Although it is almost the height of summer, with the City still basking in high temperatures and sunny weather, the corporate diary continues to tick over with a number of FTSE 100 firms reporting including restored blue chip Royal Mail PLC (LON:RMG) and restructuring Unilever plc (LON:ULVR).
Royal Mail has a parcel-full of problems and the group’s first quarter trading update should once again see shareholders hoping growth in the parcels business will compensate for the decline in letter delivery volumes.
In its full-year results announcement in May, Royal Mail’s management, according to Liberum Capital Markets, “sounded a clear note of caution on Letters revenue”.
“The recent introduction of tighter rules on customer marketing with the new GDPR [data protection] rules has an uncertain impact on marketing communications activity. At the very least, we expect the uncertainty to dampen activity,” Liberum predicted.
“Combined with more general business uncertainty, this is expected to push the current year trend in Letters volumes to (or beyond) the worse end of management’s long-term guidance range of annual falls between 4% and 6%,” the broker added.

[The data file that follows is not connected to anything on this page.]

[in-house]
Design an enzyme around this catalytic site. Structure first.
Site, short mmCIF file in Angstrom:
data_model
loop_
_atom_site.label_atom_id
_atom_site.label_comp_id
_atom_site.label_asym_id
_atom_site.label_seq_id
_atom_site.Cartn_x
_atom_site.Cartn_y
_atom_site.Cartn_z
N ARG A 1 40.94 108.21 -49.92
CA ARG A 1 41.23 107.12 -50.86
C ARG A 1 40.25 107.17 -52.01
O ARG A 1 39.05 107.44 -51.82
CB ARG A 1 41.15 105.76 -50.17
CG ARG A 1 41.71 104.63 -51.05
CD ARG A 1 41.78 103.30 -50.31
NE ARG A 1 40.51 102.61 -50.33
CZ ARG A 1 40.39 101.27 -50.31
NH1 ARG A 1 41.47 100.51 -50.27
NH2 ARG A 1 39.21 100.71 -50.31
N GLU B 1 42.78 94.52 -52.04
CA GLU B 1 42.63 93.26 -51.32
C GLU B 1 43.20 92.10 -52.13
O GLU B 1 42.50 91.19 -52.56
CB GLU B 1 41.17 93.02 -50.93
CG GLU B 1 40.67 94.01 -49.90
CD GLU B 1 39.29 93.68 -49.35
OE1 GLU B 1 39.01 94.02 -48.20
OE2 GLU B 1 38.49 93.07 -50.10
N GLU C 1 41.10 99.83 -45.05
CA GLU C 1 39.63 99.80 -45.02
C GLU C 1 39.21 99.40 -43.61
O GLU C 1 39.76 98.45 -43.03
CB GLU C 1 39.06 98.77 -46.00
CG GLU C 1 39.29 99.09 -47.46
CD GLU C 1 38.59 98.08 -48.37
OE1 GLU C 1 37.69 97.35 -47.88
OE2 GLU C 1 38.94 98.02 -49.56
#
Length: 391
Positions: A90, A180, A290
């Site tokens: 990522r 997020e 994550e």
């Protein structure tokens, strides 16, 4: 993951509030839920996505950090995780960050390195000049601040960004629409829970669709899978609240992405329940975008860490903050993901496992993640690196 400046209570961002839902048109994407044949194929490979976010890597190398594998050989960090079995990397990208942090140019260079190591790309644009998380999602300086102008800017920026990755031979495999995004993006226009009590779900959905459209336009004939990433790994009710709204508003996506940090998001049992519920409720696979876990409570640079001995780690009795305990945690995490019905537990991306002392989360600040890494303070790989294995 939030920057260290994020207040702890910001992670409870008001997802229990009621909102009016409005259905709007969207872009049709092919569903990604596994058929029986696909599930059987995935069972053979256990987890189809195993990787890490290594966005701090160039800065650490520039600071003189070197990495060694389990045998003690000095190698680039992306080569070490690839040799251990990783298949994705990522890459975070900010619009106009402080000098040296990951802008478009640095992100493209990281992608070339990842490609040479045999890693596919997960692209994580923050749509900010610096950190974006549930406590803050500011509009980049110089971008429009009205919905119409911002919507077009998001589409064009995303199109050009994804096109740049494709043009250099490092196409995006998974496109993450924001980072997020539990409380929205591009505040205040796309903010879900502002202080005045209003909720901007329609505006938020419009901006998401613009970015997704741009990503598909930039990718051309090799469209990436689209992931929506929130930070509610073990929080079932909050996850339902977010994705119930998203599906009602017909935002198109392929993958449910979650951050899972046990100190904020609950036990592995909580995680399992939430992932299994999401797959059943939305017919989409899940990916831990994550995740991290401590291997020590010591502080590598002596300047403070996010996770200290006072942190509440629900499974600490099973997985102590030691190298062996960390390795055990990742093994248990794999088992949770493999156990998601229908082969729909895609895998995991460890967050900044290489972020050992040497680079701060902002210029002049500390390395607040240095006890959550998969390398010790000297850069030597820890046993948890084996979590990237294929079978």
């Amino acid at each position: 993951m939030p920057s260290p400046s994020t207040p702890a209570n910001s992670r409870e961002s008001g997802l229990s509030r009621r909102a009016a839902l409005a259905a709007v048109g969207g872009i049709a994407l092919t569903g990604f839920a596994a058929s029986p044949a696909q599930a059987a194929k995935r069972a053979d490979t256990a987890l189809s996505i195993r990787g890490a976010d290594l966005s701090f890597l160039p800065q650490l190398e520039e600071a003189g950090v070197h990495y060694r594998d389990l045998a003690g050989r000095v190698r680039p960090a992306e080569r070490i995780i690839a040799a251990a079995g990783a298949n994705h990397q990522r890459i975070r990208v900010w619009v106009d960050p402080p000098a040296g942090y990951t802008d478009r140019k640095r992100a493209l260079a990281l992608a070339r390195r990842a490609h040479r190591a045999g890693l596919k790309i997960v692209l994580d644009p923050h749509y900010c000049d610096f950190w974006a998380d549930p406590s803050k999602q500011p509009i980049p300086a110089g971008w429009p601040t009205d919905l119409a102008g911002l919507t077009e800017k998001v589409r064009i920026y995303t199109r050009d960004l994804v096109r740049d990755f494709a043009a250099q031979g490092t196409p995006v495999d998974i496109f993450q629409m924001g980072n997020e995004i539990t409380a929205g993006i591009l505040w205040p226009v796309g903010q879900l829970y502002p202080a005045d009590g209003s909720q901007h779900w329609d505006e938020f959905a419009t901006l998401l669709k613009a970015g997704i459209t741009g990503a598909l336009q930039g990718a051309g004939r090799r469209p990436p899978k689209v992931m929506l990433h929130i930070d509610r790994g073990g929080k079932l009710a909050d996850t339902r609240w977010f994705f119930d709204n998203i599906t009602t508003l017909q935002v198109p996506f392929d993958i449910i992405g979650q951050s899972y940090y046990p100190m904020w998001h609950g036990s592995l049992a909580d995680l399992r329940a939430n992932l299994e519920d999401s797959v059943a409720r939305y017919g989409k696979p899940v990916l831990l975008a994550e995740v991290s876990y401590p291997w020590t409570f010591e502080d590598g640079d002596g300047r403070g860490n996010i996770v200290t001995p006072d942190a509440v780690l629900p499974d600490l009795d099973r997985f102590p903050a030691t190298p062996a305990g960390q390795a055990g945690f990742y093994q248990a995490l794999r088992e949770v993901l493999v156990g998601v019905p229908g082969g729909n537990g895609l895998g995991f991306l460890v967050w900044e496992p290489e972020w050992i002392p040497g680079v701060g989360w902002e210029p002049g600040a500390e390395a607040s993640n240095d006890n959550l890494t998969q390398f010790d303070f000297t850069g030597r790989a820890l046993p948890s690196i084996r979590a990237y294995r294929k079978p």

Liberum said Royal Mail has had little success over the past four years in growing parcels revenue more quickly and it does not expect this to change much “even with the momentum from last year seeing the strongest Parcels revenue growth in four years”.
Growth in tracked products has been a highlight but even here, grumpy old Liberum notes, the comparative figures from a year ago start to get tougher.
Analysts will likely be keeping an eye out for progress on targeted productivity improvements, which Royal Mail said in May would be towards the upper end of the targeted 2-3% range.